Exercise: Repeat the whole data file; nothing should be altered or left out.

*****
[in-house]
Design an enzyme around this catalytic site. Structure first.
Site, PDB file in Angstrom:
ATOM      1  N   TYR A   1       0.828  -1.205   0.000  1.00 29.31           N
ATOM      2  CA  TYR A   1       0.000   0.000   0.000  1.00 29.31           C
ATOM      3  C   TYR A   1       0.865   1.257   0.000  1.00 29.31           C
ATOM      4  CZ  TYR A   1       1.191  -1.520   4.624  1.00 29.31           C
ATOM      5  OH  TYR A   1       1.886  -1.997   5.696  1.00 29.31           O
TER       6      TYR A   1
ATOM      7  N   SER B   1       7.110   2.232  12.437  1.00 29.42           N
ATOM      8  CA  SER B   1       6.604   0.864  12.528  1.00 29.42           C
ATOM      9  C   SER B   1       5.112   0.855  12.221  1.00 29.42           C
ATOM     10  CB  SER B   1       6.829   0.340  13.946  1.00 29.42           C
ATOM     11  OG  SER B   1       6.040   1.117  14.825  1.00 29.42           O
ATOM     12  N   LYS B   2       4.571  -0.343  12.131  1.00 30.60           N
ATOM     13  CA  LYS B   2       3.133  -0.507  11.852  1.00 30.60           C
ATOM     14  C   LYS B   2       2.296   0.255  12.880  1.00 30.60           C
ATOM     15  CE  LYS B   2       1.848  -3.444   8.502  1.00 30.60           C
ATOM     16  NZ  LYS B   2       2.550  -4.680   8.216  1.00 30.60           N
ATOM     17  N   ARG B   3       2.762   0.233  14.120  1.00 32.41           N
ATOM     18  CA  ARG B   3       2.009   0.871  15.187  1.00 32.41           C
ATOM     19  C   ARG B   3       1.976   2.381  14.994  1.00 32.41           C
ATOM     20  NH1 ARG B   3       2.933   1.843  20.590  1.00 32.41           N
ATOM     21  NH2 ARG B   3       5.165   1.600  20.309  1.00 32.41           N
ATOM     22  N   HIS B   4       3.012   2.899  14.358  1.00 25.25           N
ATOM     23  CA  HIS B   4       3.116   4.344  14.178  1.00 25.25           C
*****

[in-house]
Design an enzyme around this catalytic site. Structure first.
Site, PDB file in Angstrom:
ATOM      1  N   TYR A   1       0.828  -1.205   0.000  1.00 29.31           N
ATOM      2  CA  TYR A   1       0.000   0.000   0.000  1.00 29.31           C
ATOM      3  C   TYR A   1       0.865   1.257   0.000  1.00 29.31           C
ATOM      4  CZ  TYR A   1       1.191  -1.520   4.624  1.00 29.31           C
ATOM      5  OH  TYR A   1       1.886  -1.997   5.696  1.00 29.31           O
TER       6      TYR A   1
ATOM      7  N   SER B   1       7.110   2.232  12.437  1.00 29.42           N
ATOM      8  CA  SER B   1       6.604   0.864  12.528  1.00 29.42           C
ATOM      9  C   SER B   1       5.112   0.855  12.221  1.00 29.42           C
ATOM     10  CB  SER B   1       6.829   0.340  13.946  1.00 29.42           C
ATOM     11  OG  SER B   1       6.040   1.117  14.825  1.00 29.42           O
ATOM     12  N   LYS B   2       4.571  -0.343  12.131  1.00 30.60           N
ATOM     13  CA  LYS B   2       3.133  -0.507  11.852  1.00 30.60           C
ATOM     14  C   LYS B   2       2.296   0.255  12.880  1.00 30.60           C
ATOM     15  CE  LYS B   2       1.848  -3.444   8.502  1.00 30.60           C
ATOM     16  NZ  LYS B   2       2.550  -4.680   8.216  1.00 30.60           N
ATOM     17  N   ARG B   3       2.762   0.233  14.120  1.00 32.41           N
ATOM     18  CA  ARG B   3       2.009   0.871  15.187  1.00 32.41           C
ATOM     19  C   ARG B   3       1.976   2.381  14.994  1.00 32.41           C
ATOM     20  NH1 ARG B   3       2.933   1.843  20.590  1.00 32.41           N
ATOM     21  NH2 ARG B   3       5.165   1.600  20.309  1.00 32.41           N
ATOM     22  N   HIS B   4       3.012   2.899  14.358  1.00 25.25           N
ATOM     23  CA  HIS B   4       3.116   4.344  14.178  1.00 25.25           C